Docking experiments were performed using Sybyl.v 7.3 (Tripos, Inc., St. Louis, MA, USA). Chemical structure of SCA was downloaded from Pubmed compound database (Available online: https://www.ncbi.nlm.nih.gov/pccompound/). Energy minimization was performed using the Tripos force field and Gasteiger–Huckel charges and the conjugate algorithm with a convergence criterion of 0.001 kcal/(mol A). X-ray crystal structures of target proteins of iNOS (PDB ID: 4NOS), COX-2 (PDB ID: 1CX2), PEG2 (PDB ID: 4AL0) and IκB (PDB ID: 1NFI) were retrieved from the RCSB Protein Data Bank (Available online: http://www.rcsb.org/pdb/home/home.do) and arranged using Sybyl.v 7.3 software suite. The protomol was generated using ligand mode for COX-2 by extracting SC-558 from the initial COX-2 crystal structure occupying the binding site [36]. While the protomols for iNOS, PEG2 and IκB were generated using residue mode, based on the active residues reported [26]. Surflex-dock Program interfaced with Sybyl.v 7.3 was used in docking and both hydrogen and heavy atoms were chosen in result optimization.

4.9. Statistical Analyses

All experiments were performed in triplicate. Data were analyzed by Graphpad prism (Graphpad Software, San Diego, CA, USA) and presented as mean ± standard deviation (SD). One-way ANOVA followed by Student’s t test was used to analyze the statistical differences between groups. p < 0.05 was considered as a significant difference.

5. Conclusions

SCA significantly decreased the productions of NO, PGE2, TNF-α and IL-6 and inhibited the levels of iNOS, COX-2, TNF-α and IL-6 mRNA expression in LPS-induced RAW 264.7 macrophages. Its anti-inflammatory effect is associated with suppressing the NF-κB and MAPK signaling pathways.

Acknowledgments

This work was supported by the National Natural Science Foundation of China (Nos. 81503376, 31500104 and 31670056), the Applied Science and Technology Research Foundation of Guangdong Province (Nos. 2017A030303005, 2016B020237005, 2016B090918082 and 2016A020207001), the Student Innovation Training Program (No. 201612121195) and the Open Project of Guangdong Provincial Key Laboratory of New Drug Screening.

Author Contributions

Jingyu He and Menghua Liu conceived and designed the experiments; Jingyu He, Jiafeng Li, Han Liu, Zichao Yang, Fenghua Zhou, Ting Wei, Yaqian Dong and Menghua Liu performed the experiments; Jingyu He, Hongjiao Xue, Lan Tang and Menghua Liu analyzed the data; Jingyu He and Menghua Liu wrote the paper.

Conflicts of Interest

The authors declare no conflict of interest.

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Figure 1. Chemical structure of scandoside (SCA).
Figure 1. Chemical structure of scandoside (SCA).
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Figure 2. Effect of SCA on the viability of RAW 264.7 macrophages. RAW 264.7 macrophages were treated with SCA at the concentrations of 0, 50, 100, 200 and 400 μg/mL, respectively, for 1 h, and then stimulated with 50 ng/mL lipopolysaccharide (LPS) for 24 h. RAW 264.7 macrophages were also treated with SCA at the concentration of 400 μg/mL without LPS for 24 h. Cell viability was detected by cell counting kit-8 (CCK-8) assay.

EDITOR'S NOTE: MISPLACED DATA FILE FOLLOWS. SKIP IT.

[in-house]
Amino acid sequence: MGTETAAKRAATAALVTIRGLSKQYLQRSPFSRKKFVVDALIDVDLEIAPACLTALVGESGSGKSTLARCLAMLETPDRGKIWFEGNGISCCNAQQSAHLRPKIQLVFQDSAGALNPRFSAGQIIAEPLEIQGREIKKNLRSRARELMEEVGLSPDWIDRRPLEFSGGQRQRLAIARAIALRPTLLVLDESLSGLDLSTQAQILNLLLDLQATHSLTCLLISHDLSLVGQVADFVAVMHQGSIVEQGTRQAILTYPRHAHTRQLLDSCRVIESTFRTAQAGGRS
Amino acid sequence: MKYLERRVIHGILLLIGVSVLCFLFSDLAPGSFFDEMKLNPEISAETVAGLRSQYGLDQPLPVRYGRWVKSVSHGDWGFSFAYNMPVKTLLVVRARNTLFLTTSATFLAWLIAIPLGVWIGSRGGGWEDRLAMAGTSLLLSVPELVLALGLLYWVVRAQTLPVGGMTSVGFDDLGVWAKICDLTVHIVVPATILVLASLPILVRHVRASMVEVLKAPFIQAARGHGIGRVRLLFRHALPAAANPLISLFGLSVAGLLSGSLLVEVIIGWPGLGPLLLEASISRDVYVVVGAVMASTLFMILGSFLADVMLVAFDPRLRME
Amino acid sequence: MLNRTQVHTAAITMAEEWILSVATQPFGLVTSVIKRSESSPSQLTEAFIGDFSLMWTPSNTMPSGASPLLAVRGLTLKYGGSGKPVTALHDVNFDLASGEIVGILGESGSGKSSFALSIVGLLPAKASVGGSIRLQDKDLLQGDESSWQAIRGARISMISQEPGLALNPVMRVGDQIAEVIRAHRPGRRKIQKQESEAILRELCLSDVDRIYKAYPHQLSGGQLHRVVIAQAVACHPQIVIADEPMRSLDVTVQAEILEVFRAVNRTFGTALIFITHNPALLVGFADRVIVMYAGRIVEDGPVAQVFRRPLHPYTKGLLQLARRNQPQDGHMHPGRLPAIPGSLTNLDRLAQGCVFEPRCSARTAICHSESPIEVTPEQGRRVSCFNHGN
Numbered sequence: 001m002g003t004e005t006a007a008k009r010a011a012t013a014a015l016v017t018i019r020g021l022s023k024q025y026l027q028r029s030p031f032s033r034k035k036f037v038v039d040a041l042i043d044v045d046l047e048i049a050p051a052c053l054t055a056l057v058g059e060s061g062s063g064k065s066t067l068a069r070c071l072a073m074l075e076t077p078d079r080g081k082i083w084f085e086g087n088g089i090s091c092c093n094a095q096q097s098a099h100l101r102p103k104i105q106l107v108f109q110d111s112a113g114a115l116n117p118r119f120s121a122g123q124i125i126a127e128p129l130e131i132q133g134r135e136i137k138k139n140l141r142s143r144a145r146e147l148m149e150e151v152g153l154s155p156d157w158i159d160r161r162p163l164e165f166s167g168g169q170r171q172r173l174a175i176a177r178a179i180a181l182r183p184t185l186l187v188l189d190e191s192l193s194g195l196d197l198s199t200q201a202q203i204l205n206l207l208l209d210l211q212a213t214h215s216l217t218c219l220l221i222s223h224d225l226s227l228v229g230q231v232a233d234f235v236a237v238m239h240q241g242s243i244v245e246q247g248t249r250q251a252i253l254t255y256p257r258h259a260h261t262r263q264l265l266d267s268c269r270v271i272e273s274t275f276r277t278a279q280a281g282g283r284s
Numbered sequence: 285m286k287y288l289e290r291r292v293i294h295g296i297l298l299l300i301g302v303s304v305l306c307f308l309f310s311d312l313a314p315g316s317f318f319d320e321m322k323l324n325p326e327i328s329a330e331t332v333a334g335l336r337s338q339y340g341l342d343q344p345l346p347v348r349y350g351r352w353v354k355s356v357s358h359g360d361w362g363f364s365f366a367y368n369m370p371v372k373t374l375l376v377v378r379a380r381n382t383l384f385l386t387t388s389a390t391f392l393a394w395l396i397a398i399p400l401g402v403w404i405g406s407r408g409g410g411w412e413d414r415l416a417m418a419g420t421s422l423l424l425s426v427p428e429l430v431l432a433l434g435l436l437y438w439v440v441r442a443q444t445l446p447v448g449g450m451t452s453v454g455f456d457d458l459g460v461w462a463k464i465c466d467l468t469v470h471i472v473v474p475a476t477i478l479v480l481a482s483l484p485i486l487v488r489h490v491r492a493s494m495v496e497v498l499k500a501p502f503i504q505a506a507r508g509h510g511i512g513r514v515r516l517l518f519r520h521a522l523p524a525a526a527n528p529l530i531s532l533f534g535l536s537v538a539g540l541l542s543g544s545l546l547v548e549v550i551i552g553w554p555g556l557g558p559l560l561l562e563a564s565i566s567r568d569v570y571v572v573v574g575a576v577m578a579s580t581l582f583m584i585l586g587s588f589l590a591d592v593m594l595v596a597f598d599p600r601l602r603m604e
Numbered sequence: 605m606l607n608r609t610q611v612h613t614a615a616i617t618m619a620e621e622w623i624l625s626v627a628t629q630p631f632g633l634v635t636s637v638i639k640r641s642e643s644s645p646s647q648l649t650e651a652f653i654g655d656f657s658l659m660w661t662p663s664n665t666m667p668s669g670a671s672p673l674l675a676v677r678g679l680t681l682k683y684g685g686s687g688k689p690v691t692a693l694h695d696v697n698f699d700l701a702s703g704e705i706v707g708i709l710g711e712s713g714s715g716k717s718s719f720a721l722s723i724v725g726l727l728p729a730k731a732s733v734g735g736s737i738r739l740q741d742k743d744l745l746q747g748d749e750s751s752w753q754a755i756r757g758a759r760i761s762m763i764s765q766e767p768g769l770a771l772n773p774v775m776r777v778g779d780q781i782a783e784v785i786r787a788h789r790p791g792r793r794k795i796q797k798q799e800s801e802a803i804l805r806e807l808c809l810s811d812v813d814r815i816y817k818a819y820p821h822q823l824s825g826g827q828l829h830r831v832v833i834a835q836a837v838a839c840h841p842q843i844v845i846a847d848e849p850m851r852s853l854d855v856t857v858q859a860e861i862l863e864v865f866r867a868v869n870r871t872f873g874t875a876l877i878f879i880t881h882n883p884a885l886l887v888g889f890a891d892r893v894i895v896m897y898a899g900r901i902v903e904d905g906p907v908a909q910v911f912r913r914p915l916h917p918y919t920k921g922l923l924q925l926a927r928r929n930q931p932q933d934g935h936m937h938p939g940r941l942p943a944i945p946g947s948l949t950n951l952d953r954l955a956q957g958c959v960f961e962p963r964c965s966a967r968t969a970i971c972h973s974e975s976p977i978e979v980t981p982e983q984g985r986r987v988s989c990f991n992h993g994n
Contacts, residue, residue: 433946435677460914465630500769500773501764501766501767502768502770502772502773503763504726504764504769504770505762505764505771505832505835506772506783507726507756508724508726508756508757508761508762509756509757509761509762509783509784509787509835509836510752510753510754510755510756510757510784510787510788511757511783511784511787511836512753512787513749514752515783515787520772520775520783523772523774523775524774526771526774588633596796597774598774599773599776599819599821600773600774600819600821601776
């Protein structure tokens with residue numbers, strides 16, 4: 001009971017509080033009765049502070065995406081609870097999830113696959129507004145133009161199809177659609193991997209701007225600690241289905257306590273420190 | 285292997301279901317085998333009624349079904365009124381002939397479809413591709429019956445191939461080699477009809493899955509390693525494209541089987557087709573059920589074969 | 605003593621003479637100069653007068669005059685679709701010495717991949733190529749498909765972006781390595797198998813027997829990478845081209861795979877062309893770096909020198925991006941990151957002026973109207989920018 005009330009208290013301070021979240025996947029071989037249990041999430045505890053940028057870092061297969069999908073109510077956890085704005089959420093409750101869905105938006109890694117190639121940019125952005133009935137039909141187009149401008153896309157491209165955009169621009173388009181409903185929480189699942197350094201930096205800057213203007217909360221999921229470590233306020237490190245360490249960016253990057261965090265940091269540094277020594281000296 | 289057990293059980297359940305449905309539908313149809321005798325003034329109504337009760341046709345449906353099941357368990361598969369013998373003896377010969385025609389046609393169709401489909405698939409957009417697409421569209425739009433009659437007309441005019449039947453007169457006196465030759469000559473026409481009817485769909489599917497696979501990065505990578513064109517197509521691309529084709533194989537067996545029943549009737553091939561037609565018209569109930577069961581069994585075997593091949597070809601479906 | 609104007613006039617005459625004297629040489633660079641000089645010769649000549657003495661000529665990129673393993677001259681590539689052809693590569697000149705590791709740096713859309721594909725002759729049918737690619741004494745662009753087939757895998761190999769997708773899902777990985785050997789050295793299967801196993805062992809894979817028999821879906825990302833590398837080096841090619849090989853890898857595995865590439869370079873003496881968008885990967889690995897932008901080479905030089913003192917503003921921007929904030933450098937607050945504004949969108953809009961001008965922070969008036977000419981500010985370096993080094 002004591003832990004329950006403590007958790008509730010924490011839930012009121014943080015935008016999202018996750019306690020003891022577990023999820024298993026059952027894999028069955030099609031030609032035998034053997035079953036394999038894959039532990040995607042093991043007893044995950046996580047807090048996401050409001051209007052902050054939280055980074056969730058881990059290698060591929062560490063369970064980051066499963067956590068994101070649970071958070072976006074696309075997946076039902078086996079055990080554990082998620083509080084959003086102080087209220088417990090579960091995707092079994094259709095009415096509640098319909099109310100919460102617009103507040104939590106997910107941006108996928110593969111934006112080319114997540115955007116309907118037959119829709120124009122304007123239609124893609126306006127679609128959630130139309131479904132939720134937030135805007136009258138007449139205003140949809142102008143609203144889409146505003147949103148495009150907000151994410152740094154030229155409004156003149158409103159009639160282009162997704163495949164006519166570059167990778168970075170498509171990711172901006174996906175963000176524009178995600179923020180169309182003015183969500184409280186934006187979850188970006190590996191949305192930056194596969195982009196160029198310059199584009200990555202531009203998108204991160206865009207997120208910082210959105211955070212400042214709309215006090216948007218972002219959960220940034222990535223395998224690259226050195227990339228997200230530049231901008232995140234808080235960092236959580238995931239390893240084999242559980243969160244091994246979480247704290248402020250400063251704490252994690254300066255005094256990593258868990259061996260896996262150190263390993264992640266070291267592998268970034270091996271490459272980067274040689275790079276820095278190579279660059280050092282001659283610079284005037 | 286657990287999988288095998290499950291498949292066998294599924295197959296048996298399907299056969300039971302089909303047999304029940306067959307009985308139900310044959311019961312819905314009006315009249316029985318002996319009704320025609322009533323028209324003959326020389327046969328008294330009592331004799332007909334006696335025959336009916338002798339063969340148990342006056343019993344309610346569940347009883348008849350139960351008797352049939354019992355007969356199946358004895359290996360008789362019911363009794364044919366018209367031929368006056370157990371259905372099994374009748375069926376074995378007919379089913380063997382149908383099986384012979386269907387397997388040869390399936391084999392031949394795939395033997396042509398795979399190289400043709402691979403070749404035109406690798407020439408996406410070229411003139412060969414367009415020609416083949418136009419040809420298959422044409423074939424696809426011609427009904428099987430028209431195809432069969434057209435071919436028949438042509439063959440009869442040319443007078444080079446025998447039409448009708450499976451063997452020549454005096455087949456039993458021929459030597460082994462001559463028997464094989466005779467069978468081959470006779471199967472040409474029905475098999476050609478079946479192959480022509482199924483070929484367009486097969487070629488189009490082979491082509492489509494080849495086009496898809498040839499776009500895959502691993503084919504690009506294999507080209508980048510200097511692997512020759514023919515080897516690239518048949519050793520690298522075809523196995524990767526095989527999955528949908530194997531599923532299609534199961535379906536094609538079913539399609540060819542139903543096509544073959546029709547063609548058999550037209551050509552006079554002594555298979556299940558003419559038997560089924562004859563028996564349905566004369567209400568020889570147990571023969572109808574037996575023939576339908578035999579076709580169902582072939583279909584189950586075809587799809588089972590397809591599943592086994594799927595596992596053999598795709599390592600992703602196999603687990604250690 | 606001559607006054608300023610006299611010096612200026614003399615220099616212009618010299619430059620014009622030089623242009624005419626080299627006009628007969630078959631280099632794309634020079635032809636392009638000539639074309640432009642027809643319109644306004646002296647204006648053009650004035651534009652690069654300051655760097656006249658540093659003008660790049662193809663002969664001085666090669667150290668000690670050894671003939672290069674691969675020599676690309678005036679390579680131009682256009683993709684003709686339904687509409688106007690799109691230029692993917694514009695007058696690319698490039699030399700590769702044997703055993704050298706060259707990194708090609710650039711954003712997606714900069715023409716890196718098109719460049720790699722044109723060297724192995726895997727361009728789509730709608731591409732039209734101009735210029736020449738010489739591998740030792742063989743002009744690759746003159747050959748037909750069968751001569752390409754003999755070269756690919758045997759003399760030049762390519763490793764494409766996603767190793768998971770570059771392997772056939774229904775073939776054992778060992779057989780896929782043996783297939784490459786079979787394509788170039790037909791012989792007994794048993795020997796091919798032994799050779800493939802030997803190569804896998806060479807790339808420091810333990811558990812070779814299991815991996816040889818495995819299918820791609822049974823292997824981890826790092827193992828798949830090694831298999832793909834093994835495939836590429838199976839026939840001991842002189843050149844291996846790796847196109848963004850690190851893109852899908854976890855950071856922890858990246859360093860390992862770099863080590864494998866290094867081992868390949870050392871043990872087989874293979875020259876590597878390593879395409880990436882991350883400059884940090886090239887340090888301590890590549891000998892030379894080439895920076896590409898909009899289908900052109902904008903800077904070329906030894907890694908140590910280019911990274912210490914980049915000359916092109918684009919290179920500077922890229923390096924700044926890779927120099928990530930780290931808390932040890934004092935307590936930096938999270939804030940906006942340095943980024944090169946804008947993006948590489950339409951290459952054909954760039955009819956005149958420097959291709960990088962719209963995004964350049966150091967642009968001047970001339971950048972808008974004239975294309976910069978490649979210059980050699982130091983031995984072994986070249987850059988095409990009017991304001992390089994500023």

Figure 2. Effect of SCA on the viability of RAW 264.7 macrophages. RAW 264.7 macrophages were treated with SCA at the concentrations of 0, 50, 100, 200 and 400 μg/mL, respectively, for 1 h, and then stimulated with 50 ng/mL lipopolysaccharide (LPS) for 24 h. RAW 264.7 macrophages were also treated with SCA at the concentration of 400 μg/mL without LPS for 24 h. Cell viability was detected by cell counting kit-8 (CCK-8) assay.
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Figure 3. Effects of SCA on the productions of NO (A); PGE2 (B); TNF-α (C) and IL-6 (D). RAW 264.7 macrophages were treated with SCA at the concentrations of 40, 80 and 160 μg/mL, respectively, for 1 h, and then stimulated with 50 ng/mL LPS for 24 h. The concentrations in the cell-free culture were measured by enzyme-linked immunosorbent assay (ELISA). * p < 0.05, ** p < 0.01 and *** p < 0.001 versus LPS-only treatment group; ### p < 0.001 versus control group.
Figure 3. Effects of SCA on the productions of NO (A); PGE2 (B); TNF-α (C) and IL-6 (D). RAW 264.7 macrophages were treated with SCA at the concentrations of 40, 80 and 160 μg/mL, respectively, for 1 h, and then stimulated with 50 ng/mL LPS for 24 h. The concentrations in the cell-free culture were measured by enzyme-linked immunosorbent assay (ELISA). * p < 0.05, ** p < 0.01 and *** p < 0.001 versus LPS-only treatment group; ### p < 0.001 versus control group.
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Figure 4. Effects of SCA on TNF-α (A) and IL-6 (B) mRNA expressions. RAW 264.7 macrophages were treated with SCA (40, 80 and 160 μg/mL) for 1 h and then stimulated with LPS (50 ng/mL) for 24 h. The TNF-α and IL-6 mRNA expressions were analyzed by real-time PCR. * p < 0.05, ** p < 0.01 and *** p < 0.001 versus LPS-only treatment group; ### p < 0.001 versus control group.
Figure 4. Effects of SCA on TNF-α (A) and IL-6 (B) mRNA expressions. RAW 264.7 macrophages were treated with SCA (40, 80 and 160 μg/mL) for 1 h and then stimulated with LPS (50 ng/mL) for 24 h. The TNF-α and IL-6 mRNA expressions were analyzed by real-time PCR. * p < 0.05, ** p < 0.01 and *** p < 0.001 versus LPS-only treatment group; ### p < 0.001 versus control group.